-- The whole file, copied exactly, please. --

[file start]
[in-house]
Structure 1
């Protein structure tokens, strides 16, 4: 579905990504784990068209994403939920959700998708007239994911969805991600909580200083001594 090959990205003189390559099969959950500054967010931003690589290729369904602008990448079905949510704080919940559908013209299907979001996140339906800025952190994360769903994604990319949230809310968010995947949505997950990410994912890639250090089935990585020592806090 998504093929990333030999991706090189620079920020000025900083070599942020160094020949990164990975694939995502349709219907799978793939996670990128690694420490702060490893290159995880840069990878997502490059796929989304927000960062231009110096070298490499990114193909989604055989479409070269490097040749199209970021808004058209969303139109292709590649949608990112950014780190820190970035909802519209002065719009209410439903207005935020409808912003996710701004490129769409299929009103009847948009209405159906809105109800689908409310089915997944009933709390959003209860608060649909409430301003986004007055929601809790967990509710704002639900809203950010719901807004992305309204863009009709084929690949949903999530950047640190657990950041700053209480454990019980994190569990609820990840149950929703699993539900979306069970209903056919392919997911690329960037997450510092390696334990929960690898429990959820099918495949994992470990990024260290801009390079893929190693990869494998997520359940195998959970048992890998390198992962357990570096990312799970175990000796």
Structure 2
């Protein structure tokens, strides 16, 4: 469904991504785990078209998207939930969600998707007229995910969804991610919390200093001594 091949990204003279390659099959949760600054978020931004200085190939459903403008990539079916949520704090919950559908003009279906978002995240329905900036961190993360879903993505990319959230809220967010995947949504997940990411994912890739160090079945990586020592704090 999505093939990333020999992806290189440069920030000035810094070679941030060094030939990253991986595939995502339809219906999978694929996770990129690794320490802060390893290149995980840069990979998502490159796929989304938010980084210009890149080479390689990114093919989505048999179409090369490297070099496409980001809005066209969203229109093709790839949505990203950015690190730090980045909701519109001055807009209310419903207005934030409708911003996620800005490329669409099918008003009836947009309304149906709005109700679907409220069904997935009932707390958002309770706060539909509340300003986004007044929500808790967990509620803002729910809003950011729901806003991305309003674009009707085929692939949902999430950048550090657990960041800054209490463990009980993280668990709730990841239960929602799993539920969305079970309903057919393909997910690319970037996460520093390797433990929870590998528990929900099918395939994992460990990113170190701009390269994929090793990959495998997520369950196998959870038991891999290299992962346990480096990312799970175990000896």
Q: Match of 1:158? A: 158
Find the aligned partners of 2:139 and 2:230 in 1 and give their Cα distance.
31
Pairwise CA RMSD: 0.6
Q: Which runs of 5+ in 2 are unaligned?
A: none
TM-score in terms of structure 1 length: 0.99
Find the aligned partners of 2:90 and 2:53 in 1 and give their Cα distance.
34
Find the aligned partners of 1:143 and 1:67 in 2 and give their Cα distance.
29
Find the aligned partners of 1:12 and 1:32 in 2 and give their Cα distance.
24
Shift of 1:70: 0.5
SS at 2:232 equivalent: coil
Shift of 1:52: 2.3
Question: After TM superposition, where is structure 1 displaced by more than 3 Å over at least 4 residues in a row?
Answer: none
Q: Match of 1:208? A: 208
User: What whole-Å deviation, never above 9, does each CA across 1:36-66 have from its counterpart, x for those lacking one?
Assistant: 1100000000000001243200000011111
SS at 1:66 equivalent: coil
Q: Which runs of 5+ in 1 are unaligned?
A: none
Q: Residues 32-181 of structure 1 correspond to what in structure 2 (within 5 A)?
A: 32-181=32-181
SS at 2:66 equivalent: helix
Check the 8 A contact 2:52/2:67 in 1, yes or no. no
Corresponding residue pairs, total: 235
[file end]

[in-house]
Structure 1
């Protein structure tokens, strides 16, 4: 579905990504784990068209994403939920959700998708007239994911969805991600909580200083001594 090959990205003189390559099969959950500054967010931003690589290729369904602008990448079905949510704080919940559908013209299907979001996140339906800025952190994360769903994604990319949230809310968010995947949505997950990410994912890639250090089935990585020592806090 998504093929990333030999991706090189620079920020000025900083070599942020160094020949990164990975694939995502349709219907799978793939996670990128690694420490702060490893290159995880840069990878997502490059796929989304927000960062231009110096070298490499990114193909989604055989479409070269490097040749199209970021808004058209969303139109292709590649949608990112950014780190820190970035909802519209002065719009209410439903207005935020409808912003996710701004490129769409299929009103009847948009209405159906809105109800689908409310089915997944009933709390959003209860608060649909409430301003986004007055929601809790967990509710704002639900809203950010719901807004992305309204863009009709084929690949949903999530950047640190657990950041700053209480454990019980994190569990609820990840149950929703699993539900979306069970209903056919392919997911690329960037997450510092390696334990929960690898429990959820099918495949994992470990990024260290801009390079893929190693990869494998997520359940195998959970048992890998390198992962357990570096990312799970175990000796």
Structure 2
């Protein structure tokens, strides 16, 4: 469904991504785990078209998207939930969600998707007229995910969804991610919390200093001594 091949990204003279390659099959949760600054978020931004200085190939459903403008990539079916949520704090919950559908003009279906978002995240329905900036961190993360879903993505990319959230809220967010995947949504997940990411994912890739160090079945990586020592704090 999505093939990333020999992806290189440069920030000035810094070679941030060094030939990253991986595939995502339809219906999978694929996770990129690794320490802060390893290149995980840069990979998502490159796929989304938010980084210009890149080479390689990114093919989505048999179409090369490297070099496409980001809005066209969203229109093709790839949505990203950015690190730090980045909701519109001055807009209310419903207005934030409708911003996620800005490329669409099918008003009836947009309304149906709005109700679907409220069904997935009932707390958002309770706060539909509340300003986004007044929500808790967990509620803002729910809003950011729901806003991305309003674009009707085929692939949902999430950048550090657990960041800054209490463990009980993280668990709730990841239960929602799993539920969305079970309903057919393909997910690319970037996460520093390797433990929870590998528990929900099918395939994992460990990113170190701009390269994929090793990959495998997520369950196998959870038991891999290299992962346990480096990312799970175990000896």
Q: Match of 1:158? A: 158
Find the aligned partners of 2:139 and 2:230 in 1 and give their Cα distance.
31
Pairwise CA RMSD: 0.6
Q: Which runs of 5+ in 2 are unaligned?
A: none
TM-score in terms of structure 1 length: 0.99
Find the aligned partners of 2:90 and 2:53 in 1 and give their Cα distance.
34
Find the aligned partners of 1:143 and 1:67 in 2 and give their Cα distance.
29
Find the aligned partners of 1:12 and 1:32 in 2 and give their Cα distance.
24
Shift of 1:70: 0.5
SS at 2:232 equivalent: coil
Shift of 1:52: 2.3
Question: After TM superposition, where is structure 1 displaced by more than 3 Å over at least 4 residues in a row?
Answer: none
Q: Match of 1:208? A: 208
User: What whole-Å deviation, never above 9, does each CA across 1:36-66 have from its counterpart, x for those lacking one?
Assistant: 1100000000000001243200000011111
SS at 1:66 equivalent: coil
Q: Which runs of 5+ in 1 are unaligned?
A: none
Q: Residues 32-181 of structure 1 correspond to what in structure 2 (within 5 A)?
A: 32-181=32-181
SS at 2:66 equivalent: helix
Check the 8 A contact 2:52/2:67 in 1, yes or no. no
Corresponding residue pairs, total: 235